1. Is your box-pushing demo qualitatively different than random vibration of disks/spheres confined on a plane and their clustering with near hexagonal close-packing?

    2. Pauxicide… come on, dude! Those automata are “…sens[ing] the environment
      non-locally via the eff ects of confi nement and substrate topography.”  If you persist in making common-sense observations and writing in clear English, you will go nowhere in the world of contemporary science.  Nowhere!

  3. I’m coffeeless and therefore inarticulate, but there’s something about making a link between mechanical vibration-induced patterns and biological behavior that seems a little hand-wavy to me.

    1. So, you’re saying that biological behavior occurs without motion?

      Or are you asserting some sort of intelligence is behind it, so it is qualitatively different?

      Sounds a little hand-wavy to me. We’ve been discovering for years that so many complex biological behaviors are also exhibited by mechanical systems. Which makes us ask how much intelligent behavior is actually behind those “complex” behaviors, and how much they are emergent patterns.

      As someone pointed out above — everything is constrained. Birds are constrained by topography, wind currents, weather predator avoidance, food-seeking, etc. Flocking may be nothing more than a combination of these behaviors, or it might be something more. For a long time, we all thought it was obviously something more, a gray-matter, hand-wavy brain making some sort of bird-brain decisions.

      But it might not be.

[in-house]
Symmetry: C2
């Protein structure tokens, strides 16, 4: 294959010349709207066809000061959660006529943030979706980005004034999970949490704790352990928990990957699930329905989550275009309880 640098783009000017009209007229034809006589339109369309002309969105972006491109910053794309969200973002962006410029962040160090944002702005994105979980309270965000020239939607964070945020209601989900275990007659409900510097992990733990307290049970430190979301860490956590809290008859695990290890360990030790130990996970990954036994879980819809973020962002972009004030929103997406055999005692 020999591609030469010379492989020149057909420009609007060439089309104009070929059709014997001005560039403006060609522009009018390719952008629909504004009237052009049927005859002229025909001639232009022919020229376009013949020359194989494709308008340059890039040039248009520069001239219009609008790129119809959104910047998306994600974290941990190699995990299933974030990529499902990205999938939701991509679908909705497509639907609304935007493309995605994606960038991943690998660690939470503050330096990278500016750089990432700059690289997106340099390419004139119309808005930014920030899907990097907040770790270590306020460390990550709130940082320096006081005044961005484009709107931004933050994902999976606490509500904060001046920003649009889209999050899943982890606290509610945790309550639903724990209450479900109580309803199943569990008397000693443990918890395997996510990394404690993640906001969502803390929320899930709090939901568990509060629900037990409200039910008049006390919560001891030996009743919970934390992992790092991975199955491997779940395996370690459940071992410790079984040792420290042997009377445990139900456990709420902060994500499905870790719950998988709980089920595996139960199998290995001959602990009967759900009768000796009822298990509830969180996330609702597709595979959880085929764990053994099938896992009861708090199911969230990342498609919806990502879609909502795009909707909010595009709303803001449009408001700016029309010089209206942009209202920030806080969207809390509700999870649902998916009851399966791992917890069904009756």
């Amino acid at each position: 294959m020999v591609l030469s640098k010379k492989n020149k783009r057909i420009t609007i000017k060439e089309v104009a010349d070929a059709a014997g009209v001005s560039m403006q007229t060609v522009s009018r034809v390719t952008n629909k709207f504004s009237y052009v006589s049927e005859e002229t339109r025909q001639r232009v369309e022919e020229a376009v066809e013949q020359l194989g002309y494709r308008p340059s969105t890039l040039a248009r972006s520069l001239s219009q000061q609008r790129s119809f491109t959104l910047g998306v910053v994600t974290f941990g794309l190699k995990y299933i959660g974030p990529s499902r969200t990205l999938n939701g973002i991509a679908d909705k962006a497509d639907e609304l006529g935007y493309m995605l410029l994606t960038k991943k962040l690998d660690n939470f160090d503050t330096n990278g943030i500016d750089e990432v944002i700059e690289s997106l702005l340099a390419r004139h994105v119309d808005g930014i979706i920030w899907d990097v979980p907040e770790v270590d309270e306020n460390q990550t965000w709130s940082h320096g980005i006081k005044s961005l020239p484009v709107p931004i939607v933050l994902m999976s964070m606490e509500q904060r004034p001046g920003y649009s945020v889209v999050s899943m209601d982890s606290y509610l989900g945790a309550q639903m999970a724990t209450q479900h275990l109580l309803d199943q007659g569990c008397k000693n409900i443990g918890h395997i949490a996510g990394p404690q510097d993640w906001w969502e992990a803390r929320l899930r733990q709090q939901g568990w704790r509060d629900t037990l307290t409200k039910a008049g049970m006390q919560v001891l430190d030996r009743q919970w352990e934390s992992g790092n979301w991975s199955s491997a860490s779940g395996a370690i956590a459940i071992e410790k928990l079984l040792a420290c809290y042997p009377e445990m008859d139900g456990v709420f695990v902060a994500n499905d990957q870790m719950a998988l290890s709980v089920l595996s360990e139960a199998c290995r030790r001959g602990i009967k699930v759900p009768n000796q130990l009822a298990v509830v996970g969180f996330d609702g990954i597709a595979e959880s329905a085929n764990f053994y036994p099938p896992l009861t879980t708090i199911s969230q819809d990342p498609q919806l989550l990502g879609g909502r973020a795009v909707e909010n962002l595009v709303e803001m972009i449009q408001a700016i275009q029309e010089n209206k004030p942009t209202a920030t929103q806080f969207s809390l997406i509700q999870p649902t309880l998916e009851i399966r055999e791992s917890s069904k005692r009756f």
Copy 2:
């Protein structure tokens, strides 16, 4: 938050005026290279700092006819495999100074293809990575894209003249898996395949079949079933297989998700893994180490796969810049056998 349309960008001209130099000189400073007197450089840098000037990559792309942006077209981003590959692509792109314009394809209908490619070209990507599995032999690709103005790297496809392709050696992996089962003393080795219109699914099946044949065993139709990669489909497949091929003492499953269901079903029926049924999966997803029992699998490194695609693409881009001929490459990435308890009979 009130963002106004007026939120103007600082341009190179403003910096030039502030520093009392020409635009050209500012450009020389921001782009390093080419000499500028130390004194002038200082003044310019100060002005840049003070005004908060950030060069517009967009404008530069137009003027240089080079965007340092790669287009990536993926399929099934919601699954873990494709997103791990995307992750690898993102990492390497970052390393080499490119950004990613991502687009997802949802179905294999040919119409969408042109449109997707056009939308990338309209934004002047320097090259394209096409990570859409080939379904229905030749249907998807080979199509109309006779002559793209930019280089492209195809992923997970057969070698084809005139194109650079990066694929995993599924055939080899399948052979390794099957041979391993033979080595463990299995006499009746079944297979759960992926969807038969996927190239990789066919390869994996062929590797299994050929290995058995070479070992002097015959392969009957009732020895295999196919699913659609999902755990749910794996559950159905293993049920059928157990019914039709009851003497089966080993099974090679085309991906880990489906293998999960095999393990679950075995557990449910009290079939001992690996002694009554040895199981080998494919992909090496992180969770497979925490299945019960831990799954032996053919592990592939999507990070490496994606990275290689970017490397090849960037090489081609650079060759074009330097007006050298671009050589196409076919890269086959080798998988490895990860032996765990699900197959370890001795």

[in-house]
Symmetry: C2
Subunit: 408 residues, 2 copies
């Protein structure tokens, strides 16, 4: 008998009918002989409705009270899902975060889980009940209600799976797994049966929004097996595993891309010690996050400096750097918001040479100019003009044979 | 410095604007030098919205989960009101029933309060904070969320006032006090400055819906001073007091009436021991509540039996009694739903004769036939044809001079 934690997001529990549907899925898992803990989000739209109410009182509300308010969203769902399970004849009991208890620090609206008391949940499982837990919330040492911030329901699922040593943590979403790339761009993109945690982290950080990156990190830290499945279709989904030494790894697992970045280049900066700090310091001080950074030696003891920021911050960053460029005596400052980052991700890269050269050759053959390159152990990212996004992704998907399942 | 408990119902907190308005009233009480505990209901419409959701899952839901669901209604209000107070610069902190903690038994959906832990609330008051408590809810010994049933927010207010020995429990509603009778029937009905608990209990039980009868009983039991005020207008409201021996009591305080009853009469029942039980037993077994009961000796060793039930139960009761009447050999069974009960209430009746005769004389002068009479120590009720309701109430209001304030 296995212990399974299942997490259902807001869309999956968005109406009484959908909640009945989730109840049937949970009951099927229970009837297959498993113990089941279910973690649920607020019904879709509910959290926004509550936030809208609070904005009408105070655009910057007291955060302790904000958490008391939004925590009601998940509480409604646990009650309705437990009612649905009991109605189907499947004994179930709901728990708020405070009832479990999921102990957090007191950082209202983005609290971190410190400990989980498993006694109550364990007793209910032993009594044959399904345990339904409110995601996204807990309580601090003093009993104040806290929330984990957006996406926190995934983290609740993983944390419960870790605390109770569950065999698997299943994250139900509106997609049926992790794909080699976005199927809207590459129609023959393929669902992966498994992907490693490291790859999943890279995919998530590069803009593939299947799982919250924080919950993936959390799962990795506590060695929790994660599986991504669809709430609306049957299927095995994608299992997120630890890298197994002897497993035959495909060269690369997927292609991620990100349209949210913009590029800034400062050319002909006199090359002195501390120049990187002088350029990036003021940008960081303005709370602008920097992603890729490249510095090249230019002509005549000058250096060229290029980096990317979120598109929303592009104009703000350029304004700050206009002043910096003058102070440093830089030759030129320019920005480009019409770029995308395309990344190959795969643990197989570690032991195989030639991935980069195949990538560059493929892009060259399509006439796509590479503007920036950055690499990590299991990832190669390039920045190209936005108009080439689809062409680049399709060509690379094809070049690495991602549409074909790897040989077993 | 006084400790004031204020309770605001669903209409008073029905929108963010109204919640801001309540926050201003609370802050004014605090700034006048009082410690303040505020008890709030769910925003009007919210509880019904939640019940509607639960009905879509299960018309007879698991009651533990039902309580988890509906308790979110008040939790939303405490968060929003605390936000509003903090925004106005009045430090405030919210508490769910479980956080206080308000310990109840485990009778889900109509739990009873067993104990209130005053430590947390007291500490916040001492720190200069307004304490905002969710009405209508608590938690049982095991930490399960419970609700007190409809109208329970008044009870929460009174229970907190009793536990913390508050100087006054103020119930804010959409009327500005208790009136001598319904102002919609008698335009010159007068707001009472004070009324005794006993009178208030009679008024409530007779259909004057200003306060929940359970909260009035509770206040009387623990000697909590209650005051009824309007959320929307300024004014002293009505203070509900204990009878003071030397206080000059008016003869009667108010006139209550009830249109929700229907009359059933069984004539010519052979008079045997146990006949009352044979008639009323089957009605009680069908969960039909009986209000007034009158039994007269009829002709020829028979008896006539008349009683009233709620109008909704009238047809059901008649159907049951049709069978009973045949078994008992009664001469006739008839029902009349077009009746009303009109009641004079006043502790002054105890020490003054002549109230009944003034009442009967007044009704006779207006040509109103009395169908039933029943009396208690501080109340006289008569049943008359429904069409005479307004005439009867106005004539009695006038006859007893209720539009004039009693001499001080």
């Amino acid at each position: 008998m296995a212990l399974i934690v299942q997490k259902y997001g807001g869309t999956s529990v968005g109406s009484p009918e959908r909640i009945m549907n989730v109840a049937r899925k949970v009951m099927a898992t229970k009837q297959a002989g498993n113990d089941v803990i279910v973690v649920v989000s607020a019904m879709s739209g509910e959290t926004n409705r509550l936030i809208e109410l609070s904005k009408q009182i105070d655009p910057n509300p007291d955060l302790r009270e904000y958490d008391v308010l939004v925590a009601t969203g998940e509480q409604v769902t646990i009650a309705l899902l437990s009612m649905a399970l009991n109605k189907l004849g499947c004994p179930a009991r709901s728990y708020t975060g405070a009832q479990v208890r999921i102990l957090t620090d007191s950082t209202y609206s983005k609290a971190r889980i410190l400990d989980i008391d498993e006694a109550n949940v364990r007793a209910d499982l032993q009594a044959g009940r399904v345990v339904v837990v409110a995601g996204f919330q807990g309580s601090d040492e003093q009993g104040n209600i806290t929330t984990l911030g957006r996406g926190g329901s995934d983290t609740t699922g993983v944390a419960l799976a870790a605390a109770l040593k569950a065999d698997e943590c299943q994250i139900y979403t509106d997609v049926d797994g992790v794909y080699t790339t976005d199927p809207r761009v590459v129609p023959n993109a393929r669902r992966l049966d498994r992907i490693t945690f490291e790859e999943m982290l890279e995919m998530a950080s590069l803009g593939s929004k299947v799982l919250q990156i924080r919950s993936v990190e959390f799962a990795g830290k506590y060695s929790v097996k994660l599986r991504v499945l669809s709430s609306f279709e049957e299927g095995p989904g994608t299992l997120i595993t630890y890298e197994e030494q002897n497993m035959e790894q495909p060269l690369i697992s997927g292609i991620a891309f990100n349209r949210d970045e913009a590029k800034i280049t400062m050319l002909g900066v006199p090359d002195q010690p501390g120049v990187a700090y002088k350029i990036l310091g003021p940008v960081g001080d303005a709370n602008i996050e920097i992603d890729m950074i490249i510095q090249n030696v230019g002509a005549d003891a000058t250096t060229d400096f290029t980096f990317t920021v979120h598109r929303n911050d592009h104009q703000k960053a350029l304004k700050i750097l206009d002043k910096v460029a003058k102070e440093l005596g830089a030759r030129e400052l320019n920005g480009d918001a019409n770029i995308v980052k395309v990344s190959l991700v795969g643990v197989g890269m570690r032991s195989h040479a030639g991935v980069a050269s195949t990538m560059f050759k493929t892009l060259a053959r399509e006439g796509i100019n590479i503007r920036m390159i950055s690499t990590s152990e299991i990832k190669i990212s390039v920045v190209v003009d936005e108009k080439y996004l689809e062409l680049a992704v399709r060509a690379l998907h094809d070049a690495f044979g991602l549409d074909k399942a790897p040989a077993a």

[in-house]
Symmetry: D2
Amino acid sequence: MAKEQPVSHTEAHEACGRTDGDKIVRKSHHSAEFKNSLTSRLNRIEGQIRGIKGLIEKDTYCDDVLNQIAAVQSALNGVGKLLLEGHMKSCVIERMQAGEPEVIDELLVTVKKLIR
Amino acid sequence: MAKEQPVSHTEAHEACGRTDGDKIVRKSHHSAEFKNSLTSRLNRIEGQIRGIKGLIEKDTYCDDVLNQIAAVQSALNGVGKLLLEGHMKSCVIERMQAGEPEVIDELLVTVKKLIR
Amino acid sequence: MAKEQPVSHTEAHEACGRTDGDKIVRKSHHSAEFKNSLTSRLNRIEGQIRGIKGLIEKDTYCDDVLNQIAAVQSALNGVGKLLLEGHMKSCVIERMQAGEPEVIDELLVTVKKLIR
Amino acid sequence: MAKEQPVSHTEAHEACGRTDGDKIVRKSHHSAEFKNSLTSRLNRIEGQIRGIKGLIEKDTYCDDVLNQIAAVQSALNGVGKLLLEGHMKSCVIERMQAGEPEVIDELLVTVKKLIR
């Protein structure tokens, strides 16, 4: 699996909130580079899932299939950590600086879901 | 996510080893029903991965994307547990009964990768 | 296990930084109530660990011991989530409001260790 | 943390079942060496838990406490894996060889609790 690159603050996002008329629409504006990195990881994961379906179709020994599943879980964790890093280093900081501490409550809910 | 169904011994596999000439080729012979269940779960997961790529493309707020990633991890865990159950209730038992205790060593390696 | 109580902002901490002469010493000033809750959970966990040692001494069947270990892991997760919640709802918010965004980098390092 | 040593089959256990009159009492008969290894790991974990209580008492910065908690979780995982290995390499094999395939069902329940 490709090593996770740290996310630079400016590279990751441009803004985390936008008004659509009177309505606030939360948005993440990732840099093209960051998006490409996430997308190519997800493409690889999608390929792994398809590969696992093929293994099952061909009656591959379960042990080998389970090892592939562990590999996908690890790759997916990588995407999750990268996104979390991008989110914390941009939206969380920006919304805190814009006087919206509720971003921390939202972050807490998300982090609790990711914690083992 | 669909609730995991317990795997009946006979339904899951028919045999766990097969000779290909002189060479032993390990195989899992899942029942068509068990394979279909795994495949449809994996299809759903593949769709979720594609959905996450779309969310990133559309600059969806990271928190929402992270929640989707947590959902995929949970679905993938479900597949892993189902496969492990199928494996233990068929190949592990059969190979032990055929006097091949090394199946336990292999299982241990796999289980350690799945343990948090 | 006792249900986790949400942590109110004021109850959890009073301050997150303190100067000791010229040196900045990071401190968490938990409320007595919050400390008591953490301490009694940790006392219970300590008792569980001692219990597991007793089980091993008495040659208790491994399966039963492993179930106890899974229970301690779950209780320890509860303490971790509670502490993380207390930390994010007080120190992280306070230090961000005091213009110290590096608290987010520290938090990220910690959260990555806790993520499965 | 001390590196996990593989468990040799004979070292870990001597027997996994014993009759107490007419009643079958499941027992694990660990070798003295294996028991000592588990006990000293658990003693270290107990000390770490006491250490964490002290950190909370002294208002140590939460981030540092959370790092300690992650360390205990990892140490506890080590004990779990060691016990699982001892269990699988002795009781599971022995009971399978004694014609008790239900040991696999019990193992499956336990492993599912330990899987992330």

Same thing for us. Laughing at cat videos could be a sign of high intelligence, or it could be an emergent behavior from a complex, but mechanically and chemically-determined system.

      OR it could be a sign that something can do an awful lot of complex things, and not require awareness or intelligence. And might even be better at it than we are.


      EDIT: Chris Palmer, below, sums it up much better than I did.

  4. It’s the part where they start to exhibit blasphemous worship of Zcerneboch that really creeps me out.

  5. I think anyone who ever tried to play one of those vibrating football games that were popular in the early ’70s has seen this “swarming” behavior before.

  6. the other problem with this theory (besides it only works when confined) is that the swarms you see in nature mostly DON’T bang into each other randomly as a method of regrouping (maybe mites do, but not birds nor mammals)

    1. Actually, if you’ve ever coded any swarming behavior programs, like boids, one of the “senses” the boids have is proximity to one another. Basically, they try to stay close to each other (usually with a forward vision – “go toward others that you see”), but not too close (“If you get too close, turn away). With those two senses, combined with some random walk algorithms, they behave remarkably like fish or birds.